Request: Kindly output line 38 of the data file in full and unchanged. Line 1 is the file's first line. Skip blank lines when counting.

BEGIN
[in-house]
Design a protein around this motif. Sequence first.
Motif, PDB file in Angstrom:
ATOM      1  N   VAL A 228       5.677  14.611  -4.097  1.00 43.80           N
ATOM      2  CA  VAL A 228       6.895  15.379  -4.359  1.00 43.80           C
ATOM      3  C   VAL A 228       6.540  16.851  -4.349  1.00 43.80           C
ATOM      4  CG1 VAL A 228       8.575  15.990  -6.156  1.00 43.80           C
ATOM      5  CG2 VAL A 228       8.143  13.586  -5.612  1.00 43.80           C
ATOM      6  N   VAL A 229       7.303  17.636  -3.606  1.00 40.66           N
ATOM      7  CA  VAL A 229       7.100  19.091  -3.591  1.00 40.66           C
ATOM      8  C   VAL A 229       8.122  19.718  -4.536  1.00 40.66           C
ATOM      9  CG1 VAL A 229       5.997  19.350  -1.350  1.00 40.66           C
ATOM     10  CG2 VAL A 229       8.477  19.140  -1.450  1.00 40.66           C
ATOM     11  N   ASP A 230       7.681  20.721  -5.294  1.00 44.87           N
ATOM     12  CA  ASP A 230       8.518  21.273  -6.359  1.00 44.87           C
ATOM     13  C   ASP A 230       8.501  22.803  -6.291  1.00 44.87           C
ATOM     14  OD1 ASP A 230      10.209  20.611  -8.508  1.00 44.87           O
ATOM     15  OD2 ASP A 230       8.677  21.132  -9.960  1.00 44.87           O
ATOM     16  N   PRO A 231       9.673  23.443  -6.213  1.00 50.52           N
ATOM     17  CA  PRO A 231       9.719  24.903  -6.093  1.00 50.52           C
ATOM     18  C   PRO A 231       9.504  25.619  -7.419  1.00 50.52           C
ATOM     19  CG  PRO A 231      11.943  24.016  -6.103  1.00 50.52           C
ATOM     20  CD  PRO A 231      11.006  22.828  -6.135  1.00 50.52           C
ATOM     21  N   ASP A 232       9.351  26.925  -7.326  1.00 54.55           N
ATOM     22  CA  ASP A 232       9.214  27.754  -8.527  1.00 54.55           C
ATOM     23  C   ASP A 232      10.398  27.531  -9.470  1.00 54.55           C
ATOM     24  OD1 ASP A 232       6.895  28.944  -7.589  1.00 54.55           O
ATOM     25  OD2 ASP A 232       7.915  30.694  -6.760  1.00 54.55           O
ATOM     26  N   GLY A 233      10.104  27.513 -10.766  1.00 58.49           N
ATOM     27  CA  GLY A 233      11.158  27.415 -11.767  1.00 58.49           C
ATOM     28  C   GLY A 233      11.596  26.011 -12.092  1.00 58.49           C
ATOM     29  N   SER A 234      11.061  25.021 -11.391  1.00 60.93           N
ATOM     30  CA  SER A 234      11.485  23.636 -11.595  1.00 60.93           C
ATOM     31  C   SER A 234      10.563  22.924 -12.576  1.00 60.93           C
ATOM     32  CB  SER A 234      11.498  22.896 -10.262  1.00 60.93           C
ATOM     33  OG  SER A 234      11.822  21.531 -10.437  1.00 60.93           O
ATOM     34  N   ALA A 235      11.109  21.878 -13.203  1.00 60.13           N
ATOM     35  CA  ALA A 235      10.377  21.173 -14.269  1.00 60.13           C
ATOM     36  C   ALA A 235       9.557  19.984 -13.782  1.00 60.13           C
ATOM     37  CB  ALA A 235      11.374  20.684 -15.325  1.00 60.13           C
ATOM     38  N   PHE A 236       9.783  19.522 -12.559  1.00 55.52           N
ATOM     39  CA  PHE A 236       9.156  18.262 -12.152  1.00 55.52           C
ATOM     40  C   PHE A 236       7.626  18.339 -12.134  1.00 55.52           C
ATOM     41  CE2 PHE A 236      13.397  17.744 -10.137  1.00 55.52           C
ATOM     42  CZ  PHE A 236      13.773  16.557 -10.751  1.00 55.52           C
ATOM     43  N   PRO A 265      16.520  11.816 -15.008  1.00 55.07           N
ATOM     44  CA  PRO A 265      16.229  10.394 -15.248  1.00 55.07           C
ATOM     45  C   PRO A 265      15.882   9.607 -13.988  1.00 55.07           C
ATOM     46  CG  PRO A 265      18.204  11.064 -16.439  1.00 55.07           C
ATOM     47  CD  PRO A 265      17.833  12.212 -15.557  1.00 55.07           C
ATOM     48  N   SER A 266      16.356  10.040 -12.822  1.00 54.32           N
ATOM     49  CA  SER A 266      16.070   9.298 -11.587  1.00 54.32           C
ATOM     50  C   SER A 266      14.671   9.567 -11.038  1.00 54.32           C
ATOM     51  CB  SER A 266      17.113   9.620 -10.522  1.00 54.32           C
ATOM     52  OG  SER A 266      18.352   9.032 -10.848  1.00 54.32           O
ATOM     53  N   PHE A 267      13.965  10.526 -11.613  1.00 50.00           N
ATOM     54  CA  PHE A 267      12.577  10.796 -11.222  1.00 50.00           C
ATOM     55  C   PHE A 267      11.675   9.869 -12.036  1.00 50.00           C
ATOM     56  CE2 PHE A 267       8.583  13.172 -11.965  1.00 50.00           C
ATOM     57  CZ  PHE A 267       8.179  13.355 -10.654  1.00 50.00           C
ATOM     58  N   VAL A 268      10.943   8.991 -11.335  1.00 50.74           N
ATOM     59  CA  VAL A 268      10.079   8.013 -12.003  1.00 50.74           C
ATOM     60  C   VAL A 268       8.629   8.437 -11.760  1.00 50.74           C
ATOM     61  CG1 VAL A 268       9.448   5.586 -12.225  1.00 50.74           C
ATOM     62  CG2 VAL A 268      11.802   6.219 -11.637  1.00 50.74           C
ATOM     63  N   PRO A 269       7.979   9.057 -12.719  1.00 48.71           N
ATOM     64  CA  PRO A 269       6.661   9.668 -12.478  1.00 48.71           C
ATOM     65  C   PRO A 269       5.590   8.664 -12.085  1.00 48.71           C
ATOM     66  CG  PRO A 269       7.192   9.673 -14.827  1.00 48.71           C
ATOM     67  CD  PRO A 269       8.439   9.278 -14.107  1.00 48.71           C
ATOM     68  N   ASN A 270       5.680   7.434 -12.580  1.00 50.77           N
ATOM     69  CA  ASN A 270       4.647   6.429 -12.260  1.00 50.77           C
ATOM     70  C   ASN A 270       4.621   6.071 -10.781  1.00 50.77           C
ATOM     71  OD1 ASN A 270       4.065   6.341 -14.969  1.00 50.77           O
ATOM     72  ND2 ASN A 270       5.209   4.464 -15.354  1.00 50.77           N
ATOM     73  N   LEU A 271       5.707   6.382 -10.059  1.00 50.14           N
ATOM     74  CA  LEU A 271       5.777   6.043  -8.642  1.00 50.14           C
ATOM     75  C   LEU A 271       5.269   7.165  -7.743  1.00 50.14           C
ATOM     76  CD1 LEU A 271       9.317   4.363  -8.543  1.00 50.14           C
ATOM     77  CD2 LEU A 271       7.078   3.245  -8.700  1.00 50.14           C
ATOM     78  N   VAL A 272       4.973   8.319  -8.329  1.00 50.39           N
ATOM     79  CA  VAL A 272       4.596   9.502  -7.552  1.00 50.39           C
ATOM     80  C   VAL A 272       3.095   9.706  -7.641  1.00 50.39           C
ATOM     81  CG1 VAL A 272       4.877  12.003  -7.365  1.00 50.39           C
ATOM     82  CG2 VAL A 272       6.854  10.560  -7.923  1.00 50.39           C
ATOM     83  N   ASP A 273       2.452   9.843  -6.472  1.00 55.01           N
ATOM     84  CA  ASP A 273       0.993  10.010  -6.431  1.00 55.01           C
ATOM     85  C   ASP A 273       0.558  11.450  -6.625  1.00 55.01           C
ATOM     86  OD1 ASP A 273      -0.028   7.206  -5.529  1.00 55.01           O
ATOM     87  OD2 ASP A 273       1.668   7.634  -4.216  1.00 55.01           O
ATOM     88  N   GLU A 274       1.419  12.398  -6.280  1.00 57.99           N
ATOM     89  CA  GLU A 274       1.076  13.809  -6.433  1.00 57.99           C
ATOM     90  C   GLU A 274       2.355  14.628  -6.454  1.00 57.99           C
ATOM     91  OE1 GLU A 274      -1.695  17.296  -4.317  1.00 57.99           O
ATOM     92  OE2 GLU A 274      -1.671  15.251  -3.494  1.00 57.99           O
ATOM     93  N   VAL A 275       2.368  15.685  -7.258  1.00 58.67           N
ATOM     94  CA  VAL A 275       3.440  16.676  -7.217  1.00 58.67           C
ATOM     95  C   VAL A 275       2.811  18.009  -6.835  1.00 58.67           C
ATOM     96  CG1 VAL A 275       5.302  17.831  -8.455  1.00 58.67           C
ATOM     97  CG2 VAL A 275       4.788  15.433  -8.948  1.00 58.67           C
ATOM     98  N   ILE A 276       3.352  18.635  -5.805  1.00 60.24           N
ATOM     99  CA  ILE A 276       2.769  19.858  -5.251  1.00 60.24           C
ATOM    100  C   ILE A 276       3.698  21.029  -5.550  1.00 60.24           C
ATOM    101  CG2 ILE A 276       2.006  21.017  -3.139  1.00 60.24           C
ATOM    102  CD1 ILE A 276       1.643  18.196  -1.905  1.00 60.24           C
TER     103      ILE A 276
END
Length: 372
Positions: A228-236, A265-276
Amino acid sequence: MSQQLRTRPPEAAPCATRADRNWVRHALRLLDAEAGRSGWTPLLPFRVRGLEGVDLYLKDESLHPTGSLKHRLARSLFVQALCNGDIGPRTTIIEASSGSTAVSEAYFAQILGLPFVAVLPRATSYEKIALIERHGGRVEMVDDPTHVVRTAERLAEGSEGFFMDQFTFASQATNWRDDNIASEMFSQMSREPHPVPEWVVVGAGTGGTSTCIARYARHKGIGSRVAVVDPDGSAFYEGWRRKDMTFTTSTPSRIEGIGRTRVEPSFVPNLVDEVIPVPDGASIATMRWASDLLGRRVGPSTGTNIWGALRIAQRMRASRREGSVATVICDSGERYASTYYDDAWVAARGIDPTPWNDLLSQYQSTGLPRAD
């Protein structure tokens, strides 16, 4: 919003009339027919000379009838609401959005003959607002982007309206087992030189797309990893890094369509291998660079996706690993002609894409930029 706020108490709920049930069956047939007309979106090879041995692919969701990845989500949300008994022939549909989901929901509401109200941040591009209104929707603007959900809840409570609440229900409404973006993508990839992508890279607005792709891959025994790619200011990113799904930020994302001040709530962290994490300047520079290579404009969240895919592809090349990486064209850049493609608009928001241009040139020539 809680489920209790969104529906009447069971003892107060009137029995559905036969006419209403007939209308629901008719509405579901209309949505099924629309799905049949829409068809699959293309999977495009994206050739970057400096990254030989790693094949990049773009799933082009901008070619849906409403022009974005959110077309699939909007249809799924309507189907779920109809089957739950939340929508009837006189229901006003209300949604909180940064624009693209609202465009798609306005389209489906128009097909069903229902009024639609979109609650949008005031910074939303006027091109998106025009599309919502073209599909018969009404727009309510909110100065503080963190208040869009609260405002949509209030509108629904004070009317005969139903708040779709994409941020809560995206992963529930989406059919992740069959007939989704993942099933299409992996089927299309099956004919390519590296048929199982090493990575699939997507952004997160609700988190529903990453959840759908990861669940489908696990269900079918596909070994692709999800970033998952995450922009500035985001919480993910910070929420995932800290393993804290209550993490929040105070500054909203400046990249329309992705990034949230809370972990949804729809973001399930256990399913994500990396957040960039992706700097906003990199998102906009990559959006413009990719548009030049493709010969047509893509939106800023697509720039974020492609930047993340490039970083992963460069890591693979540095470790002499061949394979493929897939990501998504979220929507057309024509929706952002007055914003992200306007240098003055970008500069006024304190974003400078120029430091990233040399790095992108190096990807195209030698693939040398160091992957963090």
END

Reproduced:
ATOM     35  CA  ALA A 235      10.377  21.173 -14.269  1.00 60.13           C